Second year undergraduate Niamh Packman discusses artists’ engagement with hair in Life Between Islands
A section of Alberta Whittle’s Road Openers (For E) and her blue bench in Life Between Islands
Life Between Islands showcases almost a century of British-Caribbean artwork featuring over forty artists. Taking inspiration from the unfinished memoir of Stuart Hall, Familiar Strangers: A Life Between Islands (2017), the co-curators Alex Farquharson and David. A. Bailey spent six years working on a show which would broaden the cultural, political and intellectual experience in the home of British art, the Tate Britain. The exhibition takes its flow from Kamau Braithwaite’s tidalectics, following an overlapping chronology and sense of movement, reminiscent of the waves of the Atlantic and the people who journeyed across it. The exhibition begins in the 1950s, excluding the work by Ronald Moody, with the Windrush generation arriving in Britain. Throughout, the exhibition echoes Britain’s dark past and transatlantic slave trade, rooted not only in the artworks which span to present day but in the foundations of the temple museum built from the sugar plantations itself. Alongside the regretful themes of slavery, oppression and police brutality are celebrations of creolisation, carnival and black power movements. But what does hair have to do with this exhibition?
Hair was first used as a negative racial signifier in 17th and 18th century “scientific racism” to justify the enslavement of Africans (Mercer, 1994, p.101). During this period of the enlightenment, value and worth were attributed to things which fit into a white Eurocentric beauty standard (Mercer, 1994, p102). From a young age, black children began to have their hair tamed and socialised by the women in the family (Tarlo, 2016, p.138). Whilst this is linked with oppression, it provided an opportunity for experimentation in the diversity and ingenuity in black hairdressing. Certain hairstyles can have different meanings depending on their place of origin. Hair suggests social or economic standing as well as cultural, political or religious beliefs – hair is on the cusp between self and society (Mercer, 1994, p.103). The hair styles represented in Life Between Islands are born out of diaspora and creolisation. They have become symbols of the natural hair movement as well as black power and resistance to oppression.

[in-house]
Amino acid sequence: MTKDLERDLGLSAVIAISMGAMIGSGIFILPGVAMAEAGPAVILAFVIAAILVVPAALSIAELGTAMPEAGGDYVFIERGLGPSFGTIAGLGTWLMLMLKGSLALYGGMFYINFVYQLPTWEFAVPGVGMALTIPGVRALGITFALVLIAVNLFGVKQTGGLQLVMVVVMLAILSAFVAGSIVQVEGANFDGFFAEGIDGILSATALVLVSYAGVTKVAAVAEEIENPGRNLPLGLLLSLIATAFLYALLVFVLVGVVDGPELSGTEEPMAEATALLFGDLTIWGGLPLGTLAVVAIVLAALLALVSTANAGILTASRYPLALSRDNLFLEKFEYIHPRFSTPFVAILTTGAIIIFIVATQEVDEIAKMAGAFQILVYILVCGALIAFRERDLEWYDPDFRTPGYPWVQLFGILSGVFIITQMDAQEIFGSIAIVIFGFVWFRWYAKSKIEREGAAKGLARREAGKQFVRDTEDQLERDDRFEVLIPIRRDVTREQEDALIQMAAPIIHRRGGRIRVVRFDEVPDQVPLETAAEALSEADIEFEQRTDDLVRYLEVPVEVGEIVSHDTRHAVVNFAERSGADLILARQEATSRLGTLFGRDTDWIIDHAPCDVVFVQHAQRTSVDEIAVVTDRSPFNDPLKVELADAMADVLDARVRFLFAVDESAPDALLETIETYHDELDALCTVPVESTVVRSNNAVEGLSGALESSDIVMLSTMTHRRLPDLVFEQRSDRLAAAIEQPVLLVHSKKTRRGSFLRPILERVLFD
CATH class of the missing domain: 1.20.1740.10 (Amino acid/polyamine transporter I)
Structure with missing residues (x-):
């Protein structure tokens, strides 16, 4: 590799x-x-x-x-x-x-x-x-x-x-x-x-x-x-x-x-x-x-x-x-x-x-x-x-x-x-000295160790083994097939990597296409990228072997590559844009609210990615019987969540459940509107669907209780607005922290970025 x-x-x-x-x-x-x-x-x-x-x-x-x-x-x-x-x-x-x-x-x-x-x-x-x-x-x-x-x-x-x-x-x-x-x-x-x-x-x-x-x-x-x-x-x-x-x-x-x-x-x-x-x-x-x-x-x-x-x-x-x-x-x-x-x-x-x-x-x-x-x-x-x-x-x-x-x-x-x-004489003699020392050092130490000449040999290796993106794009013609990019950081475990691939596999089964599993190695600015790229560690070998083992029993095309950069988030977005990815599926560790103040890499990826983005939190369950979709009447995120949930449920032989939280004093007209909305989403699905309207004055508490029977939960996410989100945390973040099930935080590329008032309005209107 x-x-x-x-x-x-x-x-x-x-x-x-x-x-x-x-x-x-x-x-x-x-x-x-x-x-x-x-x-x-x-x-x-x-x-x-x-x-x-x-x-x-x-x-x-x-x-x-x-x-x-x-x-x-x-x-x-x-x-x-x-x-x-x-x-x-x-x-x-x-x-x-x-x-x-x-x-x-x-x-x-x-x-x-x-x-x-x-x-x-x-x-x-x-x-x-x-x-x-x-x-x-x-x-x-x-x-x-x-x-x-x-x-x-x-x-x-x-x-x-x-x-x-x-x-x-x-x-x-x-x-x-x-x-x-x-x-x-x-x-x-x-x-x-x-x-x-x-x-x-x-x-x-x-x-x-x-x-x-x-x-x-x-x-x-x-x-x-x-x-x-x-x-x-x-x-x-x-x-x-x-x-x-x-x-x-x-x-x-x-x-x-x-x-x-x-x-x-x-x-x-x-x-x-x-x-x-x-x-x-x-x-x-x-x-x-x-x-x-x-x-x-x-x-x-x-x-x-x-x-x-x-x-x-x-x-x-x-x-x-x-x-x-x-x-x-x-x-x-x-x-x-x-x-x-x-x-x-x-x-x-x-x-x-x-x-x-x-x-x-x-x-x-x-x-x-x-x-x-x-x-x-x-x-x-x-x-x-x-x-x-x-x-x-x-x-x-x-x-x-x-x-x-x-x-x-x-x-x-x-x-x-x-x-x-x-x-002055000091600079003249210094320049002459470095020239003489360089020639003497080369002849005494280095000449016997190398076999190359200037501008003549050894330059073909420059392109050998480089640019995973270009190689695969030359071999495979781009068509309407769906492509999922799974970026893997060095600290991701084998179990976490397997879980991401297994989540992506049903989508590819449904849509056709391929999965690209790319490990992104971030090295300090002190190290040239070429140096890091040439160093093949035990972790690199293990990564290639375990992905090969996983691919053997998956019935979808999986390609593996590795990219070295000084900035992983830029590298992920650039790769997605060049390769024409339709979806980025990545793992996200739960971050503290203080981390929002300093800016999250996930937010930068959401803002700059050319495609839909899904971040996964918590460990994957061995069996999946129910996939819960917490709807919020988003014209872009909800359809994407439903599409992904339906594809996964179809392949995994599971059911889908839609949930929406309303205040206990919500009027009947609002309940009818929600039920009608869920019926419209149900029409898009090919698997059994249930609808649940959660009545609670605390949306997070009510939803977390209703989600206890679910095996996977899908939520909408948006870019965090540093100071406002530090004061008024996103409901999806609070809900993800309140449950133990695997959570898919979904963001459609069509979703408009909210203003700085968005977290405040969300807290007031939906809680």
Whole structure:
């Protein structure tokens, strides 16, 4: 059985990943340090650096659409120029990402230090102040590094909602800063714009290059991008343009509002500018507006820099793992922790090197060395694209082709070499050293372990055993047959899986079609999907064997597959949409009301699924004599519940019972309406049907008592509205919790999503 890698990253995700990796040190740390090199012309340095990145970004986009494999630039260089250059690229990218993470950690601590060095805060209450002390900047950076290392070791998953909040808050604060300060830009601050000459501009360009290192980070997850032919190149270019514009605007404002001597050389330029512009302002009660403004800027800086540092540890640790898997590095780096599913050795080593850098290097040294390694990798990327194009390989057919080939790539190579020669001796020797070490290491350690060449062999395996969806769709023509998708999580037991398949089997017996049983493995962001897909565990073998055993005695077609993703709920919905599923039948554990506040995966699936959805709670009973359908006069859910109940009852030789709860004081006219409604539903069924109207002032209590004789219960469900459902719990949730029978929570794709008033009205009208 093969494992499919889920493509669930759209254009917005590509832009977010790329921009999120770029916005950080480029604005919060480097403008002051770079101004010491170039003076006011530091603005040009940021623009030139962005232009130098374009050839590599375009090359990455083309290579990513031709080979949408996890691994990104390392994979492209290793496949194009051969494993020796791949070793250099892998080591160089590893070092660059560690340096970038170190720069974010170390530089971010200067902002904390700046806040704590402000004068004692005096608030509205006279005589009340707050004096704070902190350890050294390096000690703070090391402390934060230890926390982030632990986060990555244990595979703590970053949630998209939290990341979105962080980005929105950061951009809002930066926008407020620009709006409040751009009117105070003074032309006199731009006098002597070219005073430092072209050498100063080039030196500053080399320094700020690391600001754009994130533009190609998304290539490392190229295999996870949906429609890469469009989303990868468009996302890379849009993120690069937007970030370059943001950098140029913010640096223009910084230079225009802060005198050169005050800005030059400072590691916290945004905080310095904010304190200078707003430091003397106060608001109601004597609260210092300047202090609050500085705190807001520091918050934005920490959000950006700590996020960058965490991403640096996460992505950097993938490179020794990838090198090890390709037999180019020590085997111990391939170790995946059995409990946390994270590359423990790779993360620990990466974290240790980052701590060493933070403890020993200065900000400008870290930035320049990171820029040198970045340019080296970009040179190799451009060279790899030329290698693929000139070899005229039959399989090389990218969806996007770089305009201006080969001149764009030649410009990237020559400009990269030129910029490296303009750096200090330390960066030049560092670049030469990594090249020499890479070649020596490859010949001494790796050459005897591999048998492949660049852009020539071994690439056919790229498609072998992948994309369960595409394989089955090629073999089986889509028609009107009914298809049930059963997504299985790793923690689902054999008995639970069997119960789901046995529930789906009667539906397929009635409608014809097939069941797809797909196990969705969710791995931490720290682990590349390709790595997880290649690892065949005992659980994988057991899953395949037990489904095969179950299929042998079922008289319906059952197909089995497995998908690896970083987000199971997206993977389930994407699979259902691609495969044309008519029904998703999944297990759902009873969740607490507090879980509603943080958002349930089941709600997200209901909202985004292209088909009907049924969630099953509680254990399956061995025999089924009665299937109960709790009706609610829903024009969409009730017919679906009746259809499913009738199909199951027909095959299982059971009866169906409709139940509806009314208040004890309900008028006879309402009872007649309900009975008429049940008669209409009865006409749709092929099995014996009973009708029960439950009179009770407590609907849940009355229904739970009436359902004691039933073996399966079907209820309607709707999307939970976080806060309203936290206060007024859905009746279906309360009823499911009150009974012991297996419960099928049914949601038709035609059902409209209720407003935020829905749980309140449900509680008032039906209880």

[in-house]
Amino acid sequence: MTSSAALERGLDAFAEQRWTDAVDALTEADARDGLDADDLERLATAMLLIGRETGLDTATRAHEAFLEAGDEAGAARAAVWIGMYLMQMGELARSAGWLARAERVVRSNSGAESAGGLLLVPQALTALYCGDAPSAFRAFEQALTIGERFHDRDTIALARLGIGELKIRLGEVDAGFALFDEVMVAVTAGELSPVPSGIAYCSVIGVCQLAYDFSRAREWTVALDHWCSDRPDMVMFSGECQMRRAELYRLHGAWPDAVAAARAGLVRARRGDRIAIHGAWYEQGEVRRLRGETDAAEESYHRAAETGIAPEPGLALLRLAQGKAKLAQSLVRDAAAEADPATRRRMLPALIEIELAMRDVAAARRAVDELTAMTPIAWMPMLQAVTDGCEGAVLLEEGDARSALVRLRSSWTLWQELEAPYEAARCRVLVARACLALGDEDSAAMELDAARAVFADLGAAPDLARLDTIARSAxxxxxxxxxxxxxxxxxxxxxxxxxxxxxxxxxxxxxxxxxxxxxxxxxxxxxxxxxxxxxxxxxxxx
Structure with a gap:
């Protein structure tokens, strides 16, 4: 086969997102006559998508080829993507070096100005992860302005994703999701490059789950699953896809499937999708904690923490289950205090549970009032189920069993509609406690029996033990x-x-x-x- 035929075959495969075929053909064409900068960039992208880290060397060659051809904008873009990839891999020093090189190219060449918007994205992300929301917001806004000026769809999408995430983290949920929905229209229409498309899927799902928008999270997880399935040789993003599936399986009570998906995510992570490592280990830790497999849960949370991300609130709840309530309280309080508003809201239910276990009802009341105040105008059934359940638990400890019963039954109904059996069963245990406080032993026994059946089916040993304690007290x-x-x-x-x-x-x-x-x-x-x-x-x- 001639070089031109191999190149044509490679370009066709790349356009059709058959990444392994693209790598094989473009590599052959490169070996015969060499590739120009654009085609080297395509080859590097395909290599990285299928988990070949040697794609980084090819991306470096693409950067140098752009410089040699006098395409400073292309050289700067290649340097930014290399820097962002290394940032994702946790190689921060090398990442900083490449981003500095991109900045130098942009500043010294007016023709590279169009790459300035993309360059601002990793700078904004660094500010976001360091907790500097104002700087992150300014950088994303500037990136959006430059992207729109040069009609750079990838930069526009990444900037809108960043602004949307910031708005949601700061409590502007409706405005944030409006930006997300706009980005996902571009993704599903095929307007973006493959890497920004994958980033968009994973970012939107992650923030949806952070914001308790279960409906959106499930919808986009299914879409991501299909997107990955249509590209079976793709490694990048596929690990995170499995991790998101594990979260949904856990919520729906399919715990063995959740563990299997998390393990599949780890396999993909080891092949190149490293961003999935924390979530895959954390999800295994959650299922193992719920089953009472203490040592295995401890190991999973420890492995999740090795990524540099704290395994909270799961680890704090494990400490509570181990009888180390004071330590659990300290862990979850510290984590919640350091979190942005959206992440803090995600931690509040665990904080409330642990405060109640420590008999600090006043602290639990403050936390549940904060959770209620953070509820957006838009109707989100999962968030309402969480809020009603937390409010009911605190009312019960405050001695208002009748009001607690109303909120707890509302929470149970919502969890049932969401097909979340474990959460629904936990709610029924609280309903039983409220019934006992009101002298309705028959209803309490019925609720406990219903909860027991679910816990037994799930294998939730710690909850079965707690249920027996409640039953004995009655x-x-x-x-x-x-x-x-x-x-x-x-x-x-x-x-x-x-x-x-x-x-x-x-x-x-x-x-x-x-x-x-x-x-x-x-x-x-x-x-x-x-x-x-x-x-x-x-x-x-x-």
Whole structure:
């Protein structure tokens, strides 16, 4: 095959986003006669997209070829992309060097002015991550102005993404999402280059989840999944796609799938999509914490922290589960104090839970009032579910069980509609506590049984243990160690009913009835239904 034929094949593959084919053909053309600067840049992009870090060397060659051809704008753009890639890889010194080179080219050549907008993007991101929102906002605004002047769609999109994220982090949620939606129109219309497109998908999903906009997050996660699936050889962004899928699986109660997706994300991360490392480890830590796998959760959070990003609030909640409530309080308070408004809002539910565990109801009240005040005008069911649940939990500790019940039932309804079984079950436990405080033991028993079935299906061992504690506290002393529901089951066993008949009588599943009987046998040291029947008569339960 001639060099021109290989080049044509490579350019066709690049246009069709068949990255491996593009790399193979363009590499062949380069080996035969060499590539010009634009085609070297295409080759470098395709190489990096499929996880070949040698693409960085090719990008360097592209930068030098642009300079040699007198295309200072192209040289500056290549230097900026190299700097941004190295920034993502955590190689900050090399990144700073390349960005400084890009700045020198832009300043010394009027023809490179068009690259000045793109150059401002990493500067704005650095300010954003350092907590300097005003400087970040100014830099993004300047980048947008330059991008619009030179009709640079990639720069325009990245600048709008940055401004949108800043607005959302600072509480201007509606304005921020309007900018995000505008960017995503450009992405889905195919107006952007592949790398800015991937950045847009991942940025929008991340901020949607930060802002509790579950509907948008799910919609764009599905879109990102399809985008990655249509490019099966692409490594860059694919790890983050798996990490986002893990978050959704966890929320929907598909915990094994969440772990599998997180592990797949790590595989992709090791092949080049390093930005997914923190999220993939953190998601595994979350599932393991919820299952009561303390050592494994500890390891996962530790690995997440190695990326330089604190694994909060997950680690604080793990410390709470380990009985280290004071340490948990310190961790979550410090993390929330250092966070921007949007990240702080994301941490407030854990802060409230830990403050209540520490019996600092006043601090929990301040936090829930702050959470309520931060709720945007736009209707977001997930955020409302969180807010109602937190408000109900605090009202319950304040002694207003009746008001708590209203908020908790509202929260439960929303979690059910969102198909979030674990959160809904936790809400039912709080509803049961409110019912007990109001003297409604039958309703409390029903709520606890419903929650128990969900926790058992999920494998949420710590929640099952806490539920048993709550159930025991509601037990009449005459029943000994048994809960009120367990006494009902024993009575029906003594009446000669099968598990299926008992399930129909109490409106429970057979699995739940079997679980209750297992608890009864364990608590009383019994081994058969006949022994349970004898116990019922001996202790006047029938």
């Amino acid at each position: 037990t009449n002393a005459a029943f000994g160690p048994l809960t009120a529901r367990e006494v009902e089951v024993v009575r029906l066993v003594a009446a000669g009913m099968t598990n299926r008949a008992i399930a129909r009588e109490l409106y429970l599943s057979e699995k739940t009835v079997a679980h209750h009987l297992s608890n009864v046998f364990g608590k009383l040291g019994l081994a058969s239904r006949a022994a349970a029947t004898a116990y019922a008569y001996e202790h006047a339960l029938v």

Alberta Whittle’s Road Openers (For E) is a mixed media installation displayed by hanging from the ceiling above eyelevel, unlike most displays in the exhibition. Located in the room dedicated to Alberta Whittle’s work, the two sculptural pieces that comprise Road Openers (For E) are displayed either side of her film work and bespoke boat shaped bench, breaking up the installation into two. A choice Whittle made herself (Tate, 2021). The room encourages visitors into the space through its cushioned seating and bright blue theme. Yet, there is something unsettling about Whittle’s chanting, her alien like paintings and Road Openers (For E), like ghosts, looming over the space casting shadows. One part is a figure constructed of cheap laundry bags, perhaps evocative of the carnival spirit, the hairy man. The other is multiple dreadlocks or braids knotted together to form one long rope. The latter half is easy to miss due to its smaller scale and negative space. Made from a mixture of human hair and other fibres, it is easy to see the naturally sculptural qualities of afro hair.
The second section of Alberta Whittle’s Road Openers (For E)
The breaks and then repaired sections of Road Openers (For E) could represent indecision. Oscillating between dreadlocks, which are a symbol of Religious and Caribbean identity, and brushing it out or cutting it into another style. The breaks could also represent the waves of connection and disconnection with Caribbean heritage, almost as if the knots are healing breaks with the past and making a connection to the ocean. A central theme in Whittle’s work as well as the flow of the exhibition. Perhaps this is why it has been displayed as loops, to imitate the movement of the ocean.
Extracts from Niamh Packman’s essay.
Mercer. K (1994) “Black Hair/Style Politics” in Welcome to the Jungle. London: Routledge. p.97 – 128
Tarlo. E (2016) Entanglement: The Secret Lives of Hair. London: Oneworld
Tate (2021) “Life Between Islands” in Tate Etc. Issue 53: Autumn 2021.